From the above paragraph, one can conclude, and (s)he would technically be not wrong, that some corporates paid money (unless IPAN carried out those campaigns out of some goodwill) to “beat back” and “stall” bills (inside or outside the parliament?) and decide excise duties that determine the revenue receipt of the government.
Should we be outraged that this is how policies of our nation are framed?
Not even a fake news article had attracted so much of traffic and reaction in a single day as my open letter to Arundhati Roy did (I’m not patting my back but mere stating a fact that might be insignificant for you). While most of the reactions were on expected lines (I knew many people were hell irritated with Roy calling India “bhookha nanga”, and they would lap it up), some of the reactions amused, shocked and disgusted me.
There were comments, again on expected lines, on both the facebook page as well as here on this blog, which were abusive (towards Ms. Arundhati Roy, me, or to fellow readers); that was disgusting, but as a rule, I would ignore them and not comment upon their “merits”.
The other reaction, rather criticism, was that the language I used was unfair, unkind and uncouth (?). Hello! This article was published and categorized in “Rants” to begin with. When I shared it on twitter and facebook i.e. when I “solicited” readership, I put that “rants” and “strong language” disclaimers upfront. If you were not comfortable with “rants”, you should never have bothered to read it. If you click a link with NSFW disclaimer at your workplace, only you are to be blamed if you lose your job.
The third reaction, which was the most important for me and because of which I’m writing this follow up article, was the confusion whether the article was just on Arundhati Roy or about the wider Kashmir issue. I replied to a couple of comments, but I thought I should make that clear to each and every one, and hence this article.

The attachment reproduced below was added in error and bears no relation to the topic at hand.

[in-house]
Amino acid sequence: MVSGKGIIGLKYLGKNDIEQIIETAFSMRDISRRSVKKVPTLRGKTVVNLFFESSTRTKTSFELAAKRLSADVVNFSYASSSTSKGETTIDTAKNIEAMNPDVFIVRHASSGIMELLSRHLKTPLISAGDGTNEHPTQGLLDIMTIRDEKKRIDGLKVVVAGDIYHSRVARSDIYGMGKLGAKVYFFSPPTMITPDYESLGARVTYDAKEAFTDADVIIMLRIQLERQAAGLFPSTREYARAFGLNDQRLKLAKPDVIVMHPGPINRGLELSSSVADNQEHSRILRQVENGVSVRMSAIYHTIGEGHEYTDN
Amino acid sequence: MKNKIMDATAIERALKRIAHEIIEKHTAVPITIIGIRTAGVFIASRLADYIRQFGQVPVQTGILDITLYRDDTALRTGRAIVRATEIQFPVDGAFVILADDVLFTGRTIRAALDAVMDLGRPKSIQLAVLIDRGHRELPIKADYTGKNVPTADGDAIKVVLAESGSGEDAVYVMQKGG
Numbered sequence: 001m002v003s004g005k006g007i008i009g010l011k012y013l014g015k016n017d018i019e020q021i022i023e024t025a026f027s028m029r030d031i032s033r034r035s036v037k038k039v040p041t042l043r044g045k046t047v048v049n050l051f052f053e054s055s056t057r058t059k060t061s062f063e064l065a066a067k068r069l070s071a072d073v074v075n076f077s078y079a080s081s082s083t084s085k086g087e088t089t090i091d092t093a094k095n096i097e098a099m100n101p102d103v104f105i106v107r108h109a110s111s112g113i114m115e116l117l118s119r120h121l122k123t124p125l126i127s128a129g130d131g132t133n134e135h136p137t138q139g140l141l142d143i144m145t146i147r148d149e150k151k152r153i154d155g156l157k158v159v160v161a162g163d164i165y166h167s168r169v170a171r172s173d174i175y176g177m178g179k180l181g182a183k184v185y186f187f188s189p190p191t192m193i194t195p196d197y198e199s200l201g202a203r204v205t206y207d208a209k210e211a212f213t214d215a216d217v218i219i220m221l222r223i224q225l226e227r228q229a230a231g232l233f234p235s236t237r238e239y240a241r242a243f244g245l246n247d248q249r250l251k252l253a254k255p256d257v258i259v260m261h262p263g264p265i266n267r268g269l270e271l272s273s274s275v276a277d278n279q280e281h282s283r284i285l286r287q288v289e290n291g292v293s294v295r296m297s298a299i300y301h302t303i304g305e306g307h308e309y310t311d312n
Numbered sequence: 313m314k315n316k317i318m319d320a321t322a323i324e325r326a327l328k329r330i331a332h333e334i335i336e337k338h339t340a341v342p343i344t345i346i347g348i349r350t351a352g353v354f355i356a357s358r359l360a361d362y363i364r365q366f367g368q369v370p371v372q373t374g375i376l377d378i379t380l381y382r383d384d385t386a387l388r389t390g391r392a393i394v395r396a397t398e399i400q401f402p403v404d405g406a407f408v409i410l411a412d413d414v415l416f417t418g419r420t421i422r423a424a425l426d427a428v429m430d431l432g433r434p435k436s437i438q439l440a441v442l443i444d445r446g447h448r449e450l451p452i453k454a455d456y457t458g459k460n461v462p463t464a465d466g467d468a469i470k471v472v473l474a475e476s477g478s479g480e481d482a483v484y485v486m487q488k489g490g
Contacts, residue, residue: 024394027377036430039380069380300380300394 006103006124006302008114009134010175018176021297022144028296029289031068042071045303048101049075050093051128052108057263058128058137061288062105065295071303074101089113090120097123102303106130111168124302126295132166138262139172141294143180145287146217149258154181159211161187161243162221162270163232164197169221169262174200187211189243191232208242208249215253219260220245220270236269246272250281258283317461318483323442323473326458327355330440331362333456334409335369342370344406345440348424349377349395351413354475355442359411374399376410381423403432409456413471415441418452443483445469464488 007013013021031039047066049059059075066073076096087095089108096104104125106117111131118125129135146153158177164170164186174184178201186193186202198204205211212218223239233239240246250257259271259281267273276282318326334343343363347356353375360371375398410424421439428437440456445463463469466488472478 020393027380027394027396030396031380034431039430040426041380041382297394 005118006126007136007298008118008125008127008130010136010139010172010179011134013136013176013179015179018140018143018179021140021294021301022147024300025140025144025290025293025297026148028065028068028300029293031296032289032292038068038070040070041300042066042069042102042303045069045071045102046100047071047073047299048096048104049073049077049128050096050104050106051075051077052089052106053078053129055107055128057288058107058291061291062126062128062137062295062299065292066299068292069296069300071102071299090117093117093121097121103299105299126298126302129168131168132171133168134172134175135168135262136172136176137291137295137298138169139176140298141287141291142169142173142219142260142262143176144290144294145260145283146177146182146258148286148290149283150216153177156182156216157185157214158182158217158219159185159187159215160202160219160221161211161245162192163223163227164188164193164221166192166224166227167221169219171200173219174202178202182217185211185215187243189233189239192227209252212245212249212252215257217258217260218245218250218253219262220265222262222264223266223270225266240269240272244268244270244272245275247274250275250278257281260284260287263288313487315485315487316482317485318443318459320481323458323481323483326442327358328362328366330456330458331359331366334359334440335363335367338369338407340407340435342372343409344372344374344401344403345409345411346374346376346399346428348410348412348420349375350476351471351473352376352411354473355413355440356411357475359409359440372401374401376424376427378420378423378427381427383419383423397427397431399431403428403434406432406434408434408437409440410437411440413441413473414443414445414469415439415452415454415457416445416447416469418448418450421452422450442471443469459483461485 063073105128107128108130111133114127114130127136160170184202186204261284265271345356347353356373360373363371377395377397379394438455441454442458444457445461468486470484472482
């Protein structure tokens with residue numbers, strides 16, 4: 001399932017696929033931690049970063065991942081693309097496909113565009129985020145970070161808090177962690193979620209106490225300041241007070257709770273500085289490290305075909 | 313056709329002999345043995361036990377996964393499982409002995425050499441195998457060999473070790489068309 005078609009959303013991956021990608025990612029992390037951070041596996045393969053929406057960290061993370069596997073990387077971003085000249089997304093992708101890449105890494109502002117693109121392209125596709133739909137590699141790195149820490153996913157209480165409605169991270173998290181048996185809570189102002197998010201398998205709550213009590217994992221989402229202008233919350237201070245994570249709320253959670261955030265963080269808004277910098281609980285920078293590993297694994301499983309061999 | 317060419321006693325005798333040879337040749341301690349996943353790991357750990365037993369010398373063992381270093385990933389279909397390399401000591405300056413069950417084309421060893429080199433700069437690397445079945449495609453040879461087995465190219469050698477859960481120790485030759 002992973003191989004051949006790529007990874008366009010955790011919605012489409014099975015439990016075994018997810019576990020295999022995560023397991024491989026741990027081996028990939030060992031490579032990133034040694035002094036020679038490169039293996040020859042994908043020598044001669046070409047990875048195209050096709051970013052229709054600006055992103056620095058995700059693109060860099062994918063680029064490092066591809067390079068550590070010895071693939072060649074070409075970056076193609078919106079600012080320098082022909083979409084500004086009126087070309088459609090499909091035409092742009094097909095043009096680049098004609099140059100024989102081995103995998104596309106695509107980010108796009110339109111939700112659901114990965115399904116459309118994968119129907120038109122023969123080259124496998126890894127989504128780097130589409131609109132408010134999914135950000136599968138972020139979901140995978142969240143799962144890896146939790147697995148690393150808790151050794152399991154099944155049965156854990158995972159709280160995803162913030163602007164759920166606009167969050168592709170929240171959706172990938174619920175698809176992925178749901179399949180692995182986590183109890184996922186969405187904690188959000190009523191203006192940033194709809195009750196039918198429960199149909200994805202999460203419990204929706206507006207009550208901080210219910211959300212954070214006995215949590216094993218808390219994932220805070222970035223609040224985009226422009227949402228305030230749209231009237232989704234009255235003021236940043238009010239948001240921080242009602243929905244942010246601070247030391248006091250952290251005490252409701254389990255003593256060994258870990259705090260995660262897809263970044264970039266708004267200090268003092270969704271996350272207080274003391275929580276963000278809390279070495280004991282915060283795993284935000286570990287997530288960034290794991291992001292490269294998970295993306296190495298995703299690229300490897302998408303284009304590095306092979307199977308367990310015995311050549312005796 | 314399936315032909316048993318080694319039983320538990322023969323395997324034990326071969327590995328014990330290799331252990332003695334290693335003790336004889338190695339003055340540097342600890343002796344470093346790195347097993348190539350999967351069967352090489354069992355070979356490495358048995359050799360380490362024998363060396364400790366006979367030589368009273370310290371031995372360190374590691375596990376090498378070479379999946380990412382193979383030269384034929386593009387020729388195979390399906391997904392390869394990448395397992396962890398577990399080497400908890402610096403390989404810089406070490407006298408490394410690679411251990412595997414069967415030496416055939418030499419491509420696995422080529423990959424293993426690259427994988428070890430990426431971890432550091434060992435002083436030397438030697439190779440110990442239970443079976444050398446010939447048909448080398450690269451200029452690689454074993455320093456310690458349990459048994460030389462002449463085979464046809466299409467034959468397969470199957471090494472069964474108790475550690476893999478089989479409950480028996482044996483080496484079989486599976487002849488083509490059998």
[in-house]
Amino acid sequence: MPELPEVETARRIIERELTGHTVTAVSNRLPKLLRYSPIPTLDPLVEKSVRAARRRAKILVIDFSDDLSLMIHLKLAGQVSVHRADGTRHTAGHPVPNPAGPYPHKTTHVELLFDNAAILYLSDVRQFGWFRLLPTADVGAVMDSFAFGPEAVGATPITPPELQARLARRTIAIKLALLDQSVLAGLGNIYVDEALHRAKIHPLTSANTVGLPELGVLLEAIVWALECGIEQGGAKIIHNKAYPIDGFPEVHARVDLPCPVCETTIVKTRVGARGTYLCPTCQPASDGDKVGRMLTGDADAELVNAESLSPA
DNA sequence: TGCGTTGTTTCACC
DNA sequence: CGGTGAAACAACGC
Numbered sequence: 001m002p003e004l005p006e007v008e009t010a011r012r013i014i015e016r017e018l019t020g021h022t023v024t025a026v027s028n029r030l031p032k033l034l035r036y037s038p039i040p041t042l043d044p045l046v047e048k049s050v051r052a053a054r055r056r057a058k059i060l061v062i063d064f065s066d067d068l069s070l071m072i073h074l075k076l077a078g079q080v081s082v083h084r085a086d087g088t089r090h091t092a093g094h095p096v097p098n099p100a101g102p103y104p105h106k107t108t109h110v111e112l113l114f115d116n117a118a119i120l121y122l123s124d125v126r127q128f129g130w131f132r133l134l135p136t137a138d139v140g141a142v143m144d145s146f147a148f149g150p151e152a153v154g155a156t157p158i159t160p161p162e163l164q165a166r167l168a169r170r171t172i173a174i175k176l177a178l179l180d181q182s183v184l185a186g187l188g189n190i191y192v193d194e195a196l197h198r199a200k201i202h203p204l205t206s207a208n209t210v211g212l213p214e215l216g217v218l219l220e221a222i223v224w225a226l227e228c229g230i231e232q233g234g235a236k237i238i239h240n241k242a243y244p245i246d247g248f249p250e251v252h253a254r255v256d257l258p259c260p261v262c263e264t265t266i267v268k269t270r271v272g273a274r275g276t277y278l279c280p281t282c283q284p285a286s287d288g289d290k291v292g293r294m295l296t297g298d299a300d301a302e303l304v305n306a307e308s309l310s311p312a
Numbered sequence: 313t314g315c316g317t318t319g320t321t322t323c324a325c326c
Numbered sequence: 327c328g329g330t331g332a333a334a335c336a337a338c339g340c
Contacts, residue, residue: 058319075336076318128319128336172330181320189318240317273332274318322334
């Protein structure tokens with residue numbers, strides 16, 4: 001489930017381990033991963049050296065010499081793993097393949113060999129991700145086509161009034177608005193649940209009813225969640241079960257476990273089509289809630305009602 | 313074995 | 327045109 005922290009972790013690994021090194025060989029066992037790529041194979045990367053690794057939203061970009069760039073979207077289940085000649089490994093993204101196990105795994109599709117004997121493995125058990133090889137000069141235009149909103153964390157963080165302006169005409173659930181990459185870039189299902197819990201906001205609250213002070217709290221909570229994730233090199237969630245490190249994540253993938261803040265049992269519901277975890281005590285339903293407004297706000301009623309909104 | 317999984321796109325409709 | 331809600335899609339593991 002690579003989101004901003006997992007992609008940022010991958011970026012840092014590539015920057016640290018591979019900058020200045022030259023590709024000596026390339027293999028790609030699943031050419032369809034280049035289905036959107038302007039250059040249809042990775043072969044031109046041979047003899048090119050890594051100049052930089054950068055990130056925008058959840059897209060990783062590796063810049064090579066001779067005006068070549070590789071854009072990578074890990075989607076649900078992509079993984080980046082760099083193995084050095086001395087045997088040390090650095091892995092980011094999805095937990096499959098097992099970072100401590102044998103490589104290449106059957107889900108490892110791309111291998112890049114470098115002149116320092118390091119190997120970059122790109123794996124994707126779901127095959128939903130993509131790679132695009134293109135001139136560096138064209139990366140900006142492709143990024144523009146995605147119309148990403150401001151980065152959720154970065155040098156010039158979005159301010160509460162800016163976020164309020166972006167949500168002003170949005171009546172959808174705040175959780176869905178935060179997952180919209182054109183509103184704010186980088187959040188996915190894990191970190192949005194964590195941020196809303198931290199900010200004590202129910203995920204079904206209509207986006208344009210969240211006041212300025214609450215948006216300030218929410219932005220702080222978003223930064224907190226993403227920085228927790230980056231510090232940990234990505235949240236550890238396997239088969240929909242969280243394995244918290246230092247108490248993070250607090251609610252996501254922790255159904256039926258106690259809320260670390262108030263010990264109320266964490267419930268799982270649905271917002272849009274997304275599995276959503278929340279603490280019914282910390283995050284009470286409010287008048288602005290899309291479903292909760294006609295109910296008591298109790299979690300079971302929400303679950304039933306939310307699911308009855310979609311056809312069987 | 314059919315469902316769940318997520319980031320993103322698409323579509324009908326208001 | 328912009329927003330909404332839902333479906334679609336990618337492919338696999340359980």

Congrats, you are back in news! You were trending on Twitter and featured in Google trends. And thanks, you made many guys look up dictionary.com to understand what sedition meant. You are really of some use!
Well, I read your statement, and I loved it because it was not a fucking 30,000 words essay! Anyway, I had some reactions, please find them below (in bold and in red, adjectives that you prefer?):
A couple of months back I was in Bihar, my home state, and the state was gearing up for elections. It was a completely personal tour to spend some time with my parents and family and I hardly interacted with any ‘outsider’, except when I had to venture out to take part in Money Mantra, a television show by NDTV Profit, where I was supposed to discuss “Business opportunities via social networking” (even though I’m yet to make any profit through social networking, I agreed for sake of being on television ).
The television channel was kind enough to provide me a cab for commuting. While coming back home once the recording for the show was over, I decided to get into a chit-chat with the driver of the cab (it was in Hindi, but what follows is a translated version):
“Finally Patna seems to have roads where one can drive cars without much headache, no?” I started the conversation with the driver, who looked like someone in his late 30’s, and I’m ashamed not to be able to recall his name right now.
This Thursday, CNN-IBN anchor and senior journalist Sagarika Ghose termed Lord Rama as “divine encroacher” in one of her tweets, which she later deleted as it caused considerable outrage among the twitterati, a section of whom she loves to refer as “Internet Hindus”.